Would you hurt someone merely because someone else told you to do so? Most of us would answer with an emphatic, "No!" Dr. Stanley Milgram, a social psychologist who was concerned about the slaughter of over 9,000,000 people in Nazi Germany, ran a series of experiments to se how this could happen.
Suppose you and another person were subjects in an experiment to see the effects of punishment on learning. You draw lots to see who will be assigned to be a "teacher" who will be assigned the role of a "learner." You get the teacher's role. You see the learner strapped into a chair with electrodes on his wrists.
You are taken into the next room, out of sight of the learner. You are seated in front of a "shock generator" with 30 switches labeled from 15-450 volts. There is a 15-volt increase between each switch (15, 30, 45...420, 435, 450). The switches are also labeled from "Slight Shock" to "Danger, Severe Shock." Every time the learner makes a mistake, you are to give him a shock, with each shock increased by 15 volts. To show you what it is like, you are given a sample shock of 45 volts. (It hurts!)
The task is started. Eventually the learner makes a mistake. You give the 15-volt shock. More mistakes lead to more and higher intensity shocks. The learner's groans in response to the shocks increase in volume. Near 100 volts, the learner complains about a heart condition. You still continue, because the experimenter says, "You must continue." At 150 volts, the learner demands to be released. With higher shocks, the screams grow louder.
At 300 volts, the learner screams his refusal to give any more answers. For the next question, there is no answer from the learner. The experimenter quietly commands, "Treat no answer as a wrong answer." Hesitantly, you push 315 volts. An agonizing scream follows. With no answer for the following question, you push the switch for 330 volts. There is no sound from the learner. All the way to 450 volts, the learner is silent.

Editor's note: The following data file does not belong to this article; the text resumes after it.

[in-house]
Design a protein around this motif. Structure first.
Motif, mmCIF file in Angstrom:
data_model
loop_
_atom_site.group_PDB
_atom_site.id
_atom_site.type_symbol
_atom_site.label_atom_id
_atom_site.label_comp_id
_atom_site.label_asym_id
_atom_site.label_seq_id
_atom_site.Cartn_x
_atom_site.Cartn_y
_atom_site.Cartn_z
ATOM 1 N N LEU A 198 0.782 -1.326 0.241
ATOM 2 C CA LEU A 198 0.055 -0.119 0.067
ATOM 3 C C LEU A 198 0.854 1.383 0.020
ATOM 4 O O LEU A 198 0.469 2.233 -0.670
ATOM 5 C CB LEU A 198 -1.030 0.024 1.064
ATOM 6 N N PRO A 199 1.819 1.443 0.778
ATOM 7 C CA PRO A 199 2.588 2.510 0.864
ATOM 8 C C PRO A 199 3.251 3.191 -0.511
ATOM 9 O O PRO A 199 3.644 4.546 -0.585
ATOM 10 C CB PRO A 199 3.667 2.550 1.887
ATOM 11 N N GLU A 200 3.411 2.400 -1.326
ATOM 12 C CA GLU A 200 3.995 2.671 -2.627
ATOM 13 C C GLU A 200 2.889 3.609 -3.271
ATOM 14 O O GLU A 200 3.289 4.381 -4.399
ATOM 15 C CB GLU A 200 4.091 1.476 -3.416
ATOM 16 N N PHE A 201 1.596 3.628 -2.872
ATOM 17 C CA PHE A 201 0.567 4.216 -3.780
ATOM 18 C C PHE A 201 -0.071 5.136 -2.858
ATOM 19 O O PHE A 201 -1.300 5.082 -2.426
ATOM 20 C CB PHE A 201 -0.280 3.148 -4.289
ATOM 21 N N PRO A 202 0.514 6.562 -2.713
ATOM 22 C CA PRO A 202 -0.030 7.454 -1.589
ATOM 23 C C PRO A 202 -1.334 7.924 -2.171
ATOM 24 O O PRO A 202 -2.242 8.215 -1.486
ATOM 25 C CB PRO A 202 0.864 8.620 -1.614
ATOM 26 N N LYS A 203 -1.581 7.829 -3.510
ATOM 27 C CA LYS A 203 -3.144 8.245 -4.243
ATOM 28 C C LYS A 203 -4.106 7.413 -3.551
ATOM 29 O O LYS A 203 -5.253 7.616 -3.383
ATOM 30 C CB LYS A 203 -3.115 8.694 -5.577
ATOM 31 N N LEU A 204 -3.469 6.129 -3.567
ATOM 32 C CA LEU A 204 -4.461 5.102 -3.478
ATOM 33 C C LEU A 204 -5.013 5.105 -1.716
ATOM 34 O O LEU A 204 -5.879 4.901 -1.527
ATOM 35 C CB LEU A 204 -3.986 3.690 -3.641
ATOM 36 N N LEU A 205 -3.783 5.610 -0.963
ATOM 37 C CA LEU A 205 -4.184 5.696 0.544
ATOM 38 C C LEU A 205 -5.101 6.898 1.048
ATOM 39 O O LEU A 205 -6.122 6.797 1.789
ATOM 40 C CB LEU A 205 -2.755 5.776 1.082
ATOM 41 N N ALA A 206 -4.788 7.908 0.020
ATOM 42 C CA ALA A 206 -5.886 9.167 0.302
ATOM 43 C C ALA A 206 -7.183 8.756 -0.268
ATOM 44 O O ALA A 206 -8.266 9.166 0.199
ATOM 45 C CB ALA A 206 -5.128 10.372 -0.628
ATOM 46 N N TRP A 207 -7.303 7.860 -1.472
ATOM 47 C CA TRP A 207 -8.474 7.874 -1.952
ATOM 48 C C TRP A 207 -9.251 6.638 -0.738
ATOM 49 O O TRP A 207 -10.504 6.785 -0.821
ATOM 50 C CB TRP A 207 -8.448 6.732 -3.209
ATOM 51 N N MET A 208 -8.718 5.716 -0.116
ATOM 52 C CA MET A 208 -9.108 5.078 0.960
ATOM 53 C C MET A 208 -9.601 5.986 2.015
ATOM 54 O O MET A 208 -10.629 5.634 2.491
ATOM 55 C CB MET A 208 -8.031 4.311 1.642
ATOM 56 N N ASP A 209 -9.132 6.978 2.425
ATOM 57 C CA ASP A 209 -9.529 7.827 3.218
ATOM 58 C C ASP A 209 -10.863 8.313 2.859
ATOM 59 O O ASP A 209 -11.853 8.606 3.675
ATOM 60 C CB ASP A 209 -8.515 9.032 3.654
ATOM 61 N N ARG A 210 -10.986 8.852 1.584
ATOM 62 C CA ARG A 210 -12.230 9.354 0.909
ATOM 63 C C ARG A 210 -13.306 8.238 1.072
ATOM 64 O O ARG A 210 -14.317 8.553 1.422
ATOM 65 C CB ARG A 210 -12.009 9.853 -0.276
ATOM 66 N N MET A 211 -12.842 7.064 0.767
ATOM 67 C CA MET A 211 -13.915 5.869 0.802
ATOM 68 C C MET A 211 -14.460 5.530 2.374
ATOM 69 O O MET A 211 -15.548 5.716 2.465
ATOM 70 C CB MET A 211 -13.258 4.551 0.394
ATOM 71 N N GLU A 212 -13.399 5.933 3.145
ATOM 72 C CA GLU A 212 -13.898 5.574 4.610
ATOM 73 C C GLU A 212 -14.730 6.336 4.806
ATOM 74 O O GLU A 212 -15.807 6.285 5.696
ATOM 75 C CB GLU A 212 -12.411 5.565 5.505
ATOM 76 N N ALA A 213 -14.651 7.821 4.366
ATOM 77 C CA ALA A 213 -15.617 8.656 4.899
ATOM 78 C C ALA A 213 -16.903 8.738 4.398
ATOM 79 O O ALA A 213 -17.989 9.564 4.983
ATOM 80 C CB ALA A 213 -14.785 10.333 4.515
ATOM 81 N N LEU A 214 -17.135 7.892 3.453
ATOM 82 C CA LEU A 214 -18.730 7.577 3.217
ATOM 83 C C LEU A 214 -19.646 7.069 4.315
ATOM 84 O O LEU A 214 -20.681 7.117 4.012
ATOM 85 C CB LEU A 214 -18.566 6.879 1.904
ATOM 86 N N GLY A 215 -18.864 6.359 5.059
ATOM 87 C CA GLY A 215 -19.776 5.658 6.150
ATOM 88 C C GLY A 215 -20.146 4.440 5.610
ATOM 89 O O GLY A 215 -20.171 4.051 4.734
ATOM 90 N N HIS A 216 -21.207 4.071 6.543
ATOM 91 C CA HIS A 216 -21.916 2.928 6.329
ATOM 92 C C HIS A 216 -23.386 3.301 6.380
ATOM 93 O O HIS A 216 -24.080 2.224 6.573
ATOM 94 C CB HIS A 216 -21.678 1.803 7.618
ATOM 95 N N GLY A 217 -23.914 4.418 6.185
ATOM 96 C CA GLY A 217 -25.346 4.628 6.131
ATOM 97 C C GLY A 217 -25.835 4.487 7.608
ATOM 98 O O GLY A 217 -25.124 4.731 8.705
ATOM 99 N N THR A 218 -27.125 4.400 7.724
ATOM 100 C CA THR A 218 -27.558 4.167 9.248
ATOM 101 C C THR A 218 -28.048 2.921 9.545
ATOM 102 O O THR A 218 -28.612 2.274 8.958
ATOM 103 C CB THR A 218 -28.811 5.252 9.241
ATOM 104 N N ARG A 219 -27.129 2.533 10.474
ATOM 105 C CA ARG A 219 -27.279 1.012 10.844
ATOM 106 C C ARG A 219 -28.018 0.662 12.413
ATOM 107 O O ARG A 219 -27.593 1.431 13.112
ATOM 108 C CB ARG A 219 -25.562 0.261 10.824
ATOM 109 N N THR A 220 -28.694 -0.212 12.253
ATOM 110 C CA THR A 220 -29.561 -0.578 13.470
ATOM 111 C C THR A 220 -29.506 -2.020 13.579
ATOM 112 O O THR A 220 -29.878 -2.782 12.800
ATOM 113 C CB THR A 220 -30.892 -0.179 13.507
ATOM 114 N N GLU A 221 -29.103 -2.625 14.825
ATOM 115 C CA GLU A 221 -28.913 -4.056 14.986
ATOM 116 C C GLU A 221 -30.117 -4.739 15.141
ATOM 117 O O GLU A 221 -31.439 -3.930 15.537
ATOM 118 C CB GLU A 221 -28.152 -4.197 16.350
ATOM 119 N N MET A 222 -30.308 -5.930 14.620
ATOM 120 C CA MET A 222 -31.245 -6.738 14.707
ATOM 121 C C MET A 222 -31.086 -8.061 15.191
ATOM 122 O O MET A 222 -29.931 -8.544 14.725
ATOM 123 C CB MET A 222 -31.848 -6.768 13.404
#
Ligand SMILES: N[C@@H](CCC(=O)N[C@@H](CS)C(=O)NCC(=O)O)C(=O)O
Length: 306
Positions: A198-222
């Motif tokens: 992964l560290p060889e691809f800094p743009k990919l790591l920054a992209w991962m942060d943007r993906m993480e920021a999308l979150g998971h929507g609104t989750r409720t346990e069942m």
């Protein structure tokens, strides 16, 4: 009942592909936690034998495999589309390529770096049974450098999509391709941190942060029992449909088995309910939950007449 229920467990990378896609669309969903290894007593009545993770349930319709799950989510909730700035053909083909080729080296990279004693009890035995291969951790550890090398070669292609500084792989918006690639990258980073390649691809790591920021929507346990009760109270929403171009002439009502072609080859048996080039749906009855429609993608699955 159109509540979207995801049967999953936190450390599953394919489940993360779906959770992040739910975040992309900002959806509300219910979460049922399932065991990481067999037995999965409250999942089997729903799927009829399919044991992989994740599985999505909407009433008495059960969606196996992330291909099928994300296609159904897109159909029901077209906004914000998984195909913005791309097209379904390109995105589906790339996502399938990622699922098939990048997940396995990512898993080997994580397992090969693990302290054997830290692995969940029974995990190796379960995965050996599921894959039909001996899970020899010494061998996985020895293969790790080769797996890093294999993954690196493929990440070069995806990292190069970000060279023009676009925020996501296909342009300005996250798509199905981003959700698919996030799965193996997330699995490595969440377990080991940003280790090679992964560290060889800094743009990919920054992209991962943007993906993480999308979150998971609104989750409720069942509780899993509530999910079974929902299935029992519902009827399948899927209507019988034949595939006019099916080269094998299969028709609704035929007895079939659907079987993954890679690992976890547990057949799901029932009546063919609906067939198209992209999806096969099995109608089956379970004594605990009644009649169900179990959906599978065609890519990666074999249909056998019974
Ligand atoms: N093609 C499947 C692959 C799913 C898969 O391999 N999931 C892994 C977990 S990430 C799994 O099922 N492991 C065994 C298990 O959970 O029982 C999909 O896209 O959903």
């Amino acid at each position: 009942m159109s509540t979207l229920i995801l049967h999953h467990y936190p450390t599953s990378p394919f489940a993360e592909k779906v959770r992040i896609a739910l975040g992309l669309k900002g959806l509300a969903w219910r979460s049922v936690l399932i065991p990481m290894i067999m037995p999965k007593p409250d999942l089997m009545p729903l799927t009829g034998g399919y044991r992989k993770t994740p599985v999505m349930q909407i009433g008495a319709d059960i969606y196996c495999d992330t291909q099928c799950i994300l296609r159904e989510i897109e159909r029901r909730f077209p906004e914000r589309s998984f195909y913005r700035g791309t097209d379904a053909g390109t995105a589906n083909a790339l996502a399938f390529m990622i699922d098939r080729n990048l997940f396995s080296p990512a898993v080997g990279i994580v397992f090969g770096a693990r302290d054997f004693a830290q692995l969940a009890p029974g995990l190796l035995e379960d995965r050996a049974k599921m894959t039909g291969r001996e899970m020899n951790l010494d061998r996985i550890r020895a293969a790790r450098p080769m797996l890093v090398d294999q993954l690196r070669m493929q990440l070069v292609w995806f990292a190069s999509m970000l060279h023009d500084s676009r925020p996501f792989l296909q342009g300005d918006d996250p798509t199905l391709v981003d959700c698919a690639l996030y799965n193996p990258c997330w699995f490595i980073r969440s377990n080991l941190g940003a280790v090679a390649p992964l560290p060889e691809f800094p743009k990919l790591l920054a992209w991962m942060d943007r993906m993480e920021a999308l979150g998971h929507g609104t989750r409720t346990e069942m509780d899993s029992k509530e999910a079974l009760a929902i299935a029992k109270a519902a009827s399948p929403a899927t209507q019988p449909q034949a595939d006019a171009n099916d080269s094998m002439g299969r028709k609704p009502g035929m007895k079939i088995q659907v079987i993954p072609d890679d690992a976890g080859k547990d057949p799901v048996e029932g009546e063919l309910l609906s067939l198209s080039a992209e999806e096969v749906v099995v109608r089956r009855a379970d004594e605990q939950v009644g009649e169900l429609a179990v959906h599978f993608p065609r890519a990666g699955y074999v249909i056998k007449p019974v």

Would you shock the learner to 450 volts? Like most of us, psychiatrists predicted less than 1% would shock the learner to 450 volts. The astounding fact is that almost two-thirds (65%) shocked the learner to 450 volts! Virtually no one stopped at 300 volts ("Severe Shock").
In reality, no shocks were ever given. The learner, an actor, was the experimenter's confederate playing taped responses to the "shocks." The real experiment was to see how much shock the teacher would give in obedience to the authority figure.
The experiment was first done with college students at Yale. Some said that the shocking levels were so great because of the prestige of the university. So Milgram repeated the experiment out of a shabby office in Bridgeport, Connecticut, using average citizens rather than college students. Although there was some drop in obedience to authority, almost half (48%) still shocked the learner to 450 volts!
I don't know about you, but this experiment scares me. When questioned at the Nuremberg trials about the extermination of millions, Nazi war criminals typically replied, "We were only following orders."
Some of you think this only relates to Nazis (maybe Communists too). Do you remember how Vietnamese men women and children were slaughtered at My Lai? These were "good guys" doing these things! What do you think they used as an excuse? You're right — "We were only following orders."
We do need some obedience for any society to function. However, it is the unquestioning, complete obedience that can lead to the terrible deeds we mentioned.
In case you don't think it directly applies to you, another study was done with people who said they would never do such things. Some time later — in another situation — most of them shocked a learner to 450 volts. Does this scare you? I hope so. Then possibly you might not become and obedient killer.
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